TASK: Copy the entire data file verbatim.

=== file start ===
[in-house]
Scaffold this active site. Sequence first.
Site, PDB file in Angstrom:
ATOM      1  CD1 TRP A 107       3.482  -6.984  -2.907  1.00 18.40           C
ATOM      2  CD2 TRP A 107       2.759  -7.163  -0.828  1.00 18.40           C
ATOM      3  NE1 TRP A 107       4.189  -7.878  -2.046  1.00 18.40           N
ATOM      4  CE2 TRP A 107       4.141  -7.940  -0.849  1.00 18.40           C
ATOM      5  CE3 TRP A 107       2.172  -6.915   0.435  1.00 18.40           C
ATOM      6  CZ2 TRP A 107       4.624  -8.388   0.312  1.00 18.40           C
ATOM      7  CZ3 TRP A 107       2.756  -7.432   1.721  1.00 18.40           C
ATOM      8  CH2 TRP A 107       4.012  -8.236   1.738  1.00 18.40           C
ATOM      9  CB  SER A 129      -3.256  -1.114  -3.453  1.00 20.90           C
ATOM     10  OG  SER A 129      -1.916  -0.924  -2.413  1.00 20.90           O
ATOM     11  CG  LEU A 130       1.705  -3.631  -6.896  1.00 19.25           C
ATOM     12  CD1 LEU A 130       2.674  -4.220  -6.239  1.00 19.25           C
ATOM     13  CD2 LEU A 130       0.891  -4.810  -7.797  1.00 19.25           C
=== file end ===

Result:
[in-house]
Scaffold this active site. Sequence first.
Site, PDB file in Angstrom:
ATOM      1  CD1 TRP A 107       3.482  -6.984  -2.907  1.00 18.40           C
ATOM      2  CD2 TRP A 107       2.759  -7.163  -0.828  1.00 18.40           C
ATOM      3  NE1 TRP A 107       4.189  -7.878  -2.046  1.00 18.40           N
ATOM      4  CE2 TRP A 107       4.141  -7.940  -0.849  1.00 18.40           C
ATOM      5  CE3 TRP A 107       2.172  -6.915   0.435  1.00 18.40           C
ATOM      6  CZ2 TRP A 107       4.624  -8.388   0.312  1.00 18.40           C
ATOM      7  CZ3 TRP A 107       2.756  -7.432   1.721  1.00 18.40           C
ATOM      8  CH2 TRP A 107       4.012  -8.236   1.738  1.00 18.40           C
ATOM      9  CB  SER A 129      -3.256  -1.114  -3.453  1.00 20.90           C
ATOM     10  OG  SER A 129      -1.916  -0.924  -2.413  1.00 20.90           O
ATOM     11  CG  LEU A 130       1.705  -3.631  -6.896  1.00 19.25           C
ATOM     12  CD1 LEU A 130       2.674  -4.220  -6.239  1.00 19.25           C
ATOM     13  CD2 LEU A 130       0.891  -4.810  -7.797  1.00 19.25           C